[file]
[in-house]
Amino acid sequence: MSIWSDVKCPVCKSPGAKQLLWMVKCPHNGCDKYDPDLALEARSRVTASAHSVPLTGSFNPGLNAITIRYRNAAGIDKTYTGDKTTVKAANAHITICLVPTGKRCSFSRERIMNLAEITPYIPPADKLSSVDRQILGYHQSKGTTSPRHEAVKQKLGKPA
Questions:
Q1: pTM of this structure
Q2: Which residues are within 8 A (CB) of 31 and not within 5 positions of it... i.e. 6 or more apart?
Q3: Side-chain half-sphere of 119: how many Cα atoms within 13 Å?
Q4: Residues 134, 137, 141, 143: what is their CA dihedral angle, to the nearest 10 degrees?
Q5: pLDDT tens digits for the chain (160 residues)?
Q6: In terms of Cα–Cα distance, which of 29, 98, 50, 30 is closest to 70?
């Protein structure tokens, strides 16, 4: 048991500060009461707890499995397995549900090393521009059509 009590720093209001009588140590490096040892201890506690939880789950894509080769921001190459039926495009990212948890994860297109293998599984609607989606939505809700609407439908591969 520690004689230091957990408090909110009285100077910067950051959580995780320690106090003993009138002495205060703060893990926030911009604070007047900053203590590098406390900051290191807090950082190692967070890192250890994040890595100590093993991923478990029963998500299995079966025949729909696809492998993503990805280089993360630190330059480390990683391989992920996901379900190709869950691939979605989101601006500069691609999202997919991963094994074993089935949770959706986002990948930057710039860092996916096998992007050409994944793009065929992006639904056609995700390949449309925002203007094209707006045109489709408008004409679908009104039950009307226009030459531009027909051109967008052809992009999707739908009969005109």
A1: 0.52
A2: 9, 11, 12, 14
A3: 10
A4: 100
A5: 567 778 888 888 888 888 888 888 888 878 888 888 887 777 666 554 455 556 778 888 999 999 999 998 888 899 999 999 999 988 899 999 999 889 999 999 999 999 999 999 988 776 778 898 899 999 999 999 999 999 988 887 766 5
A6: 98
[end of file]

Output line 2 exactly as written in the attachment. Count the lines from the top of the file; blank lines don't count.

Amino acid sequence: MSIWSDVKCPVCKSPGAKQLLWMVKCPHNGCDKYDPDLALEARSRVTASAHSVPLTGSFNPGLNAITIRYRNAAGIDKTYTGDKTTVKAANAHITICLVPTGKRCSFSRERIMNLAEITPYIPPADKLSSVDRQILGYHQSKGTTSPRHEAVKQKLGKPA